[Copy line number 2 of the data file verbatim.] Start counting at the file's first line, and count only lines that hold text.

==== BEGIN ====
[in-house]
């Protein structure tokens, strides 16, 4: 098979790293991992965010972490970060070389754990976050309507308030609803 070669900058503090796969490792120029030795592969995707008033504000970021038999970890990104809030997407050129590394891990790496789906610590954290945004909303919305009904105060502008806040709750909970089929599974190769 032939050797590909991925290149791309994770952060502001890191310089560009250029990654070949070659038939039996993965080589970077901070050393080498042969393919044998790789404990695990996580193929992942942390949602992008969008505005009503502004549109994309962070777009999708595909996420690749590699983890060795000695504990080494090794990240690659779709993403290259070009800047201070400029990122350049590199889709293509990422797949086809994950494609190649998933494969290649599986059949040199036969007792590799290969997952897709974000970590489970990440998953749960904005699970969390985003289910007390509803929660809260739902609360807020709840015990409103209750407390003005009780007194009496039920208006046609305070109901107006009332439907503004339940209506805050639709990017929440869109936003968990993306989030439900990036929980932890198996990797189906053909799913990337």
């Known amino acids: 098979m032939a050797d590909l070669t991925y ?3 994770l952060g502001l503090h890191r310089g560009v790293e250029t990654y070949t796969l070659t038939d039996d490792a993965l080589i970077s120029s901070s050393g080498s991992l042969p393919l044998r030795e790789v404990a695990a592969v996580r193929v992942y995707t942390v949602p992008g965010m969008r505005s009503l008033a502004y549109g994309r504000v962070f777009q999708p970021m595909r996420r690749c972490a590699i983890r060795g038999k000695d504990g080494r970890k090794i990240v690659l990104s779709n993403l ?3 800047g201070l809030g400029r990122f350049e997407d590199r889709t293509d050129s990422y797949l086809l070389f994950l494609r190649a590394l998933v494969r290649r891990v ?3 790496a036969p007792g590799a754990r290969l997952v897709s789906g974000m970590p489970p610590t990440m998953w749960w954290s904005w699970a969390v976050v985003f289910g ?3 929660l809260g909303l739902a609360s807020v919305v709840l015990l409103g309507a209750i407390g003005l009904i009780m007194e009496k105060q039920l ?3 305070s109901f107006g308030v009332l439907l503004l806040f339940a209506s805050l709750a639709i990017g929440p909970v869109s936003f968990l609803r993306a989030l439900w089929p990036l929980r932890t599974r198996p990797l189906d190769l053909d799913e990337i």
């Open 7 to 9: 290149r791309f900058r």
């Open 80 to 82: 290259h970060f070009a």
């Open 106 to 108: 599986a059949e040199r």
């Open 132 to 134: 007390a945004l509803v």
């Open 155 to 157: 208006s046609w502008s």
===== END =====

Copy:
């Protein structure tokens, strides 16, 4: 098979790293991992965010972490970060070389754990976050309507308030609803 070669900058503090796969490792120029030795592969995707008033504000970021038999970890990104809030997407050129590394891990790496789906610590954290945004909303919305009904105060502008806040709750909970089929599974190769 032939050797590909991925290149791309994770952060502001890191310089560009250029990654070949070659038939039996993965080589970077901070050393080498042969393919044998790789404990695990996580193929992942942390949602992008969008505005009503502004549109994309962070777009999708595909996420690749590699983890060795000695504990080494090794990240690659779709993403290259070009800047201070400029990122350049590199889709293509990422797949086809994950494609190649998933494969290649599986059949040199036969007792590799290969997952897709974000970590489970990440998953749960904005699970969390985003289910007390509803929660809260739902609360807020709840015990409103209750407390003005009780007194009496039920208006046609305070109901107006009332439907503004339940209506805050639709990017929440869109936003968990993306989030439900990036929980932890198996990797189906053909799913990337």